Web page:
where the three terms are vector projections of a parallel to the respective basis vectors (see Figure 2). Since the chosen basis is not orthogonal, the scalar projections an=an, az=az and anu=aenu also claim a role in the description. Alternatively, one can project a to one of the basis vectors and to the corresponding orthogonal plane:


The dynamics of the top is such that these three directions are associated with qualitatively different phenomena (spin, precession and nutation). The nutation stands out of the trio as will become apparent also from this study. Therefore we shall introduce a formalism that manifestly separates the description into aspects confined to the rotating (n,z) plane and aspects involving the direction perpendicular to it. Due to the linear connection between different decompositions and between kinematic and dynamic quantities such as angular velocity and angular momentum a matrix formalism will be useful.


FIGURE 2. Decomposition of a vector a in the non-orthogonal basis n, z, n×z. For the definition of an, as and ap and az, see Eq. 1 and the corresponding text.

Figure 2 reveals a number of geometric relations including


that can be expressed compactly as








that will be applied in Time Evolution of the Spin and Precession Angles. The proof for Eq. 5 is shown in Proof of Eq. (5) of the Supplementary Material. Note that the connections between an,az,as and ap are solely determined by ϑ.

Relationships Between the Components of L and ω

The components of the angular momentum along the symmetry axis n and the orthogonal ones to this are referred to as Ln=Cωn, L=Aω, where C and A are the corresponding principal moments of inertia.



The above linear interdependence between L, ω and n reveals their coplanarity. Note that for asymmetric tops this property does not hold.

Using the notation introduced in Geometric Preliminaries, Eq. 6 can be rewritten as




Reading Conserved Quantities Ln, ωn, and Lz

Let us to consider the Newton-Euler equation


where w is the magnitude of the torque of the homogeneous gravitational field pointing into the z direction. Due to Eq. 8 we have nL˙=0. All points of the top are engaged in a rotation defined by ω. This is also true for the symmetry axis n, that is,


revealing that n˙ is orthogonal to the plane spanned by ω and n. Due to the co-planarity of L, ω and n we have n˙L=0. Therefore


thus Ln is conserved. Equation 7 entails that ωn is conserved as well.

A similar but more straightforward consideration yields Lz=z . L = const. as z˙=0. Note that since no dissipation is present, the energy of the system is also conserved.

Time Evolution of the SPIN and Precession Angles

Due to the conservation of the angular momentum components Ln and Lz it is worth connecting them directly with the kinematically relevant spin and precession angular velocities. Combining Eqs 4 and 7 results in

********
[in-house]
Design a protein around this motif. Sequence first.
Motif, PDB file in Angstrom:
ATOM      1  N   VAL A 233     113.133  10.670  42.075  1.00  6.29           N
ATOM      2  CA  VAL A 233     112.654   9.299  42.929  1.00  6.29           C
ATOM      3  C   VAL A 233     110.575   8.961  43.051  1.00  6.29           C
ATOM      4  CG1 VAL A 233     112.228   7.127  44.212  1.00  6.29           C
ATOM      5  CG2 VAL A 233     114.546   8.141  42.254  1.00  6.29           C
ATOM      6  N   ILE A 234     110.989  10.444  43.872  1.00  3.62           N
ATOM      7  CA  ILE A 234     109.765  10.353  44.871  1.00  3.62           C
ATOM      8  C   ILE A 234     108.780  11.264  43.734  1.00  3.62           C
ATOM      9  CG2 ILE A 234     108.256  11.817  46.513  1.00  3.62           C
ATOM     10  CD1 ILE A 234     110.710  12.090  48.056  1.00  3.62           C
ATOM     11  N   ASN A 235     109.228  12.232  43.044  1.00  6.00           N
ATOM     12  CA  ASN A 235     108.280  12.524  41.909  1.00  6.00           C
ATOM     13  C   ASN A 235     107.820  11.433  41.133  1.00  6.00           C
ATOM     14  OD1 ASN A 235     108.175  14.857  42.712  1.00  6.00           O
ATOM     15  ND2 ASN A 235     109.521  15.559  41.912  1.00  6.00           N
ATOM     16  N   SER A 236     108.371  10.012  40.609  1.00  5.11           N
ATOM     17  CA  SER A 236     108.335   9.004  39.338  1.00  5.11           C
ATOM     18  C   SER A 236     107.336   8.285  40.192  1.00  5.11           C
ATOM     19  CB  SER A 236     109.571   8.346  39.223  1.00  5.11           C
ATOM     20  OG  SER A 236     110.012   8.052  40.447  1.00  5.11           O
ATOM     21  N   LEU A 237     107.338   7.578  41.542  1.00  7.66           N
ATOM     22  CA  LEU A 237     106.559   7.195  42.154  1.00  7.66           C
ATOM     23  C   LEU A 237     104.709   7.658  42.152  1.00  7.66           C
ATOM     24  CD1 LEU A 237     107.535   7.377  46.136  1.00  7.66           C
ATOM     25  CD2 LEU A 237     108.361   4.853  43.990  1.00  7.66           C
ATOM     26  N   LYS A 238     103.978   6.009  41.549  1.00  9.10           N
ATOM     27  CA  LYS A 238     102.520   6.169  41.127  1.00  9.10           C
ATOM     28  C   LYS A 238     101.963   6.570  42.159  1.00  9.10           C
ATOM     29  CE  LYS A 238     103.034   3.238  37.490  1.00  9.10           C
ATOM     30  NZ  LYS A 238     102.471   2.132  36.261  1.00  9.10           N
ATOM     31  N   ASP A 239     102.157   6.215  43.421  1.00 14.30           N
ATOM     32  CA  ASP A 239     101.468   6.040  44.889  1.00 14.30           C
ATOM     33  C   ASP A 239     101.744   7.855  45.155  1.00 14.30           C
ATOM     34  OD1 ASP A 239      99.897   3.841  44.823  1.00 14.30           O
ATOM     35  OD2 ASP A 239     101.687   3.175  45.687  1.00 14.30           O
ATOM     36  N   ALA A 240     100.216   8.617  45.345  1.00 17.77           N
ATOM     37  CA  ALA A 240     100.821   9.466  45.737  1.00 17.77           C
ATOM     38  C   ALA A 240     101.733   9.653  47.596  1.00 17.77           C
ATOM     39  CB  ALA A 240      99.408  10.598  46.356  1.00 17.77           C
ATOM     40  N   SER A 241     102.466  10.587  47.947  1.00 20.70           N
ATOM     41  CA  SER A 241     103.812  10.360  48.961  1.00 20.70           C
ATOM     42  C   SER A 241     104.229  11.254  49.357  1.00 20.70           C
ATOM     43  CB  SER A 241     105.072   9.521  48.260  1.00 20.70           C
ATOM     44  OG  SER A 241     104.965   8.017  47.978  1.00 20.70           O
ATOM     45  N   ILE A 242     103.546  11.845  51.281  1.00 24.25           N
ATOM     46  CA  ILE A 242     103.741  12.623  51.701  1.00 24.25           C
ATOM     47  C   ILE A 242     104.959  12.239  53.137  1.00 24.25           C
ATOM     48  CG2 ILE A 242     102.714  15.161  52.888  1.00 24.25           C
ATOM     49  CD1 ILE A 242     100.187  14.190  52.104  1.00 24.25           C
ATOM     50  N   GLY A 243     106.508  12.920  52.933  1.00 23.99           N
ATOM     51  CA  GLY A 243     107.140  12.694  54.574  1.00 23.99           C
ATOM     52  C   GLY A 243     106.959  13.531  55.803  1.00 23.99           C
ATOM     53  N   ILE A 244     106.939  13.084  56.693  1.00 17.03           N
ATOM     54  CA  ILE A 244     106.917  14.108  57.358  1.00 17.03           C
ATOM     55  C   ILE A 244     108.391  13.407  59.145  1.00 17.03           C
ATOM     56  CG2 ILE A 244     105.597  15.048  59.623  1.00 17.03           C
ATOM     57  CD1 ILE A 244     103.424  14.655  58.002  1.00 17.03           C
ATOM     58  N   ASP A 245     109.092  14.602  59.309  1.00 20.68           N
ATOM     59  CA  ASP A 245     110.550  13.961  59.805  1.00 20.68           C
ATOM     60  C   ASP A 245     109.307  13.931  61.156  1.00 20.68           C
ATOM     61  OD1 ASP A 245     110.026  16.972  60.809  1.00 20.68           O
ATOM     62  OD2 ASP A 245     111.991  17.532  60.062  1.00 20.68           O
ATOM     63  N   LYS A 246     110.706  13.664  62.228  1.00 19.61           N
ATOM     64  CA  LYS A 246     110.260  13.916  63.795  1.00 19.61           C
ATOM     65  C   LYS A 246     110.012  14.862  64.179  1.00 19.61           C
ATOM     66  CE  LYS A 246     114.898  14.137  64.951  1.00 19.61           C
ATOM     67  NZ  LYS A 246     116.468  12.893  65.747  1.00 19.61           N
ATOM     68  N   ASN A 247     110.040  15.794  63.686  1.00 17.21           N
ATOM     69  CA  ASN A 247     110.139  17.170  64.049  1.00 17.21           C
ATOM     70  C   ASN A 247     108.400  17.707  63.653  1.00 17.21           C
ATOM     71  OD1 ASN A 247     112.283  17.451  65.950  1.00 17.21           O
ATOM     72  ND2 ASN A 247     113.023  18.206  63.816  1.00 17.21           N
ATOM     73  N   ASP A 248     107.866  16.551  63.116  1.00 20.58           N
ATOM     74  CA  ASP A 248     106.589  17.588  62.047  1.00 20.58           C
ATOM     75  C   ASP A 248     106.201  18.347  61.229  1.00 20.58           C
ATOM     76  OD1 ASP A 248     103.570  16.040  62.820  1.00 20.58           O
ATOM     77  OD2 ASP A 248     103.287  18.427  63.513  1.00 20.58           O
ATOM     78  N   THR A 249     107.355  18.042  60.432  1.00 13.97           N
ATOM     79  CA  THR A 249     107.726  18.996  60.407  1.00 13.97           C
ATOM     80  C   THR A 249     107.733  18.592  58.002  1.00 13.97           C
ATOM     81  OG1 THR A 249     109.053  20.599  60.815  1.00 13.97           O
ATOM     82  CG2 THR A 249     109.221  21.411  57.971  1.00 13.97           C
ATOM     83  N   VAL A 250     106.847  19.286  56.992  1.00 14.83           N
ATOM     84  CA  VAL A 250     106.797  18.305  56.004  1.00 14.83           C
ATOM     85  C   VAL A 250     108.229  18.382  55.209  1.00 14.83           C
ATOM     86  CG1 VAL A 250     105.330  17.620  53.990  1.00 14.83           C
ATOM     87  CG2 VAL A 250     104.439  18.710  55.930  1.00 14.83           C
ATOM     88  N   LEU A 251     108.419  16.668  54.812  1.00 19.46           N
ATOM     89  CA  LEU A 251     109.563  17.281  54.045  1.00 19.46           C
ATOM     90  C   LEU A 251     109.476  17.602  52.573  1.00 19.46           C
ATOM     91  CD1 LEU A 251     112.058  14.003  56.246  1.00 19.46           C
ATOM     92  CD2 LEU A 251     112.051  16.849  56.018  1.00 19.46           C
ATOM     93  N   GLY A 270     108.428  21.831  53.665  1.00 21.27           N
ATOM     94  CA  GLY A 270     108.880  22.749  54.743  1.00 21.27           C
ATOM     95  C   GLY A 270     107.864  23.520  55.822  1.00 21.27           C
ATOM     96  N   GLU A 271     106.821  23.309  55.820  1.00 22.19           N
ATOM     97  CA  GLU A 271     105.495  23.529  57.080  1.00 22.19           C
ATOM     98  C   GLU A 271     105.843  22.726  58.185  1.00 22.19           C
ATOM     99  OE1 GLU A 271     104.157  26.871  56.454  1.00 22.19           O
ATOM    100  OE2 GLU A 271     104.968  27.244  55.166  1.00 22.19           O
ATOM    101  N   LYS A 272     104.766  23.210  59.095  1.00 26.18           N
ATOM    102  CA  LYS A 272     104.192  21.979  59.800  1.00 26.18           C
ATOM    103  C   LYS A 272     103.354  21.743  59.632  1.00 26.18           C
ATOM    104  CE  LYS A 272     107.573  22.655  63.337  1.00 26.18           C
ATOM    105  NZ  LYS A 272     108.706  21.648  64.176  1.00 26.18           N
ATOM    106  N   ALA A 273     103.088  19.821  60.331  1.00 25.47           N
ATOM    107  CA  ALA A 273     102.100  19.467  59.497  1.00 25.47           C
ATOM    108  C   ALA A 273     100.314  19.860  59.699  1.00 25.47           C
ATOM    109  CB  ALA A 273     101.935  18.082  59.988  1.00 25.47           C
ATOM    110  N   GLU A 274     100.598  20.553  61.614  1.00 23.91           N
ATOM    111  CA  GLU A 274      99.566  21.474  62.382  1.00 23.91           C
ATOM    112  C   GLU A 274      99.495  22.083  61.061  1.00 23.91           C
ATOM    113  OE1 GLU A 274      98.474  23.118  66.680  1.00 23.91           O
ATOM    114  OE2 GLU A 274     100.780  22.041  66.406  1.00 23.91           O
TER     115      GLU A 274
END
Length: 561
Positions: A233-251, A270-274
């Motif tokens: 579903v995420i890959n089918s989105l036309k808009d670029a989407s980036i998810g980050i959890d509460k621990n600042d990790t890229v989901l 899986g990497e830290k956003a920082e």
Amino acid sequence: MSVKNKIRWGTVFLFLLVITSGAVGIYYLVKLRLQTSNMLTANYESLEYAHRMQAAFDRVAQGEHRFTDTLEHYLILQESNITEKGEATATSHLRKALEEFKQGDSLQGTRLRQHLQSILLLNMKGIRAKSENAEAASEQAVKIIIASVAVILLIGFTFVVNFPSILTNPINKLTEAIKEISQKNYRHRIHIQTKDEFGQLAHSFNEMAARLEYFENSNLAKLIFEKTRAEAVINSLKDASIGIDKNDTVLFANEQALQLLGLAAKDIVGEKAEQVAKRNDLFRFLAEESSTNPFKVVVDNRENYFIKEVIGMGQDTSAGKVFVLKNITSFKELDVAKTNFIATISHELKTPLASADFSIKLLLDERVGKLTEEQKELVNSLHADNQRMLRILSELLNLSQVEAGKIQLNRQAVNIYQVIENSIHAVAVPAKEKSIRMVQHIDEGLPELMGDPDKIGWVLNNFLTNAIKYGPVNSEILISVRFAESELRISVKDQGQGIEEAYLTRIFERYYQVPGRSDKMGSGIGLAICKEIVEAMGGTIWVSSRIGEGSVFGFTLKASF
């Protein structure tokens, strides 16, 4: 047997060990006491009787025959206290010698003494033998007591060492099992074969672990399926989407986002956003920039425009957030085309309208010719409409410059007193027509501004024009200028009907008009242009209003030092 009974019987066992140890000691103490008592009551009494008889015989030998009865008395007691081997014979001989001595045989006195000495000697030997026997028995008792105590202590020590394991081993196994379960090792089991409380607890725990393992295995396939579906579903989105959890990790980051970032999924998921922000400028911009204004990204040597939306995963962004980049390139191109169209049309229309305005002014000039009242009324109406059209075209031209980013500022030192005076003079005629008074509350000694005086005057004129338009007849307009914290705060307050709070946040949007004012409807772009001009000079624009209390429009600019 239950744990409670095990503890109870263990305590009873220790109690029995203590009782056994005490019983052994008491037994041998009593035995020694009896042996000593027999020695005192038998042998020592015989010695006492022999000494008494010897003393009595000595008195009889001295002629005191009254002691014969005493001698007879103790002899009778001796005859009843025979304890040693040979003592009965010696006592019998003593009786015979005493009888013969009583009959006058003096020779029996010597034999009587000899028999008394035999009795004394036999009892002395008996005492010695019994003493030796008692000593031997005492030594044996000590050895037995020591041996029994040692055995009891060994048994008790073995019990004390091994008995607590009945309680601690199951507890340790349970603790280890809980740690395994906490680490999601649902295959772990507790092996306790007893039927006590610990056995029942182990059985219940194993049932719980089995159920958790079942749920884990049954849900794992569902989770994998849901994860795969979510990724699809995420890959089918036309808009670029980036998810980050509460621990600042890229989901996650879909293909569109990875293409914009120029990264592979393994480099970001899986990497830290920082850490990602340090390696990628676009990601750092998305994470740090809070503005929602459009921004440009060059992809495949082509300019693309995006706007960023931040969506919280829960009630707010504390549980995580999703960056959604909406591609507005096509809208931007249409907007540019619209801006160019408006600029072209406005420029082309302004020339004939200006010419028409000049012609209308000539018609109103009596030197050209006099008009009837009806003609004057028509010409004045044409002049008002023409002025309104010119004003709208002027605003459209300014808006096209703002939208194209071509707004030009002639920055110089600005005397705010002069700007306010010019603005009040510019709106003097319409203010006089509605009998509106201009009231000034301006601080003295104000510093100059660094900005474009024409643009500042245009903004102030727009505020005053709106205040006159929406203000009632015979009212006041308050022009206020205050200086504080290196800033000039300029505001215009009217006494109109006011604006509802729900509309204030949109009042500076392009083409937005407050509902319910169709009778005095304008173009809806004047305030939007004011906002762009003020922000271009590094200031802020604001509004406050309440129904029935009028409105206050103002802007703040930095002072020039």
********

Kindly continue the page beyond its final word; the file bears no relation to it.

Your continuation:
This enables the expression of the two angular velocities as


This formula has a pivotal importance: it connects the kinematic quantities of interest to the conserved dynamic quantities.

Note that ωs and ωp solely depend on conserved components of angular momenta and the time-dependent polar angle ϑ(t) therefore become themselves constants of motion if ωnuϑ˙=0, phenomenon called pure precession.

Time Evolution of the Nutation Angle

The above results were obtained without making explicit reference to the conservation of energy. For moving beyond pure precession and describing nutation we have to quantify the migration of the energy between kinetic and potential components during nutation.

By expressing the angular frequency ωω from the linear Eq. 6 the rotational energy of the top can be written as


while the potential energy reads


Exploiting the orthogonality of enu to the (n,z) plane combined with property Eq. 5 we get


The dynamics ruling the nutation angle can be regarded as a one-dimensional motion in an effective potential, motion completely determined by the conservation of the effective energy. Having L2 and V obtained, enables us to provide the formula for these effective energies


where the reuse of Eqs 7, 11 and 13 gives


For convenience Eq. 14 can be rewritten in terms of ucosϑ and u˙=1u2ϑ˙ as




Here the Greek letters denote the following


The above relationships reveal that the equation of motion for the nutation angle, ϑ, can be solved decoupled from the other two angles, namely the φ precession and ψ spinning angle.

Full solution of the problem requires to resolve the time evolution of Euler angles. Equation 15 rules ϑ(t), while ψ(t) and φ(t) can be determined by integrating ωs, repectively ωp in Eq. 10.

Small Nutations

In order to describe small nutations, we consider the minimum point u0 of the one-dimensional potential Unu(u):




where Ωnu represents the angular frequency of small, nearly harmonic oscillations in the polar angle during nutation.

We intend to investigate small deviations from pure precession. In the presence of nutation, the conservation of quantities such as ωs, ωp or L2 does not hold any more.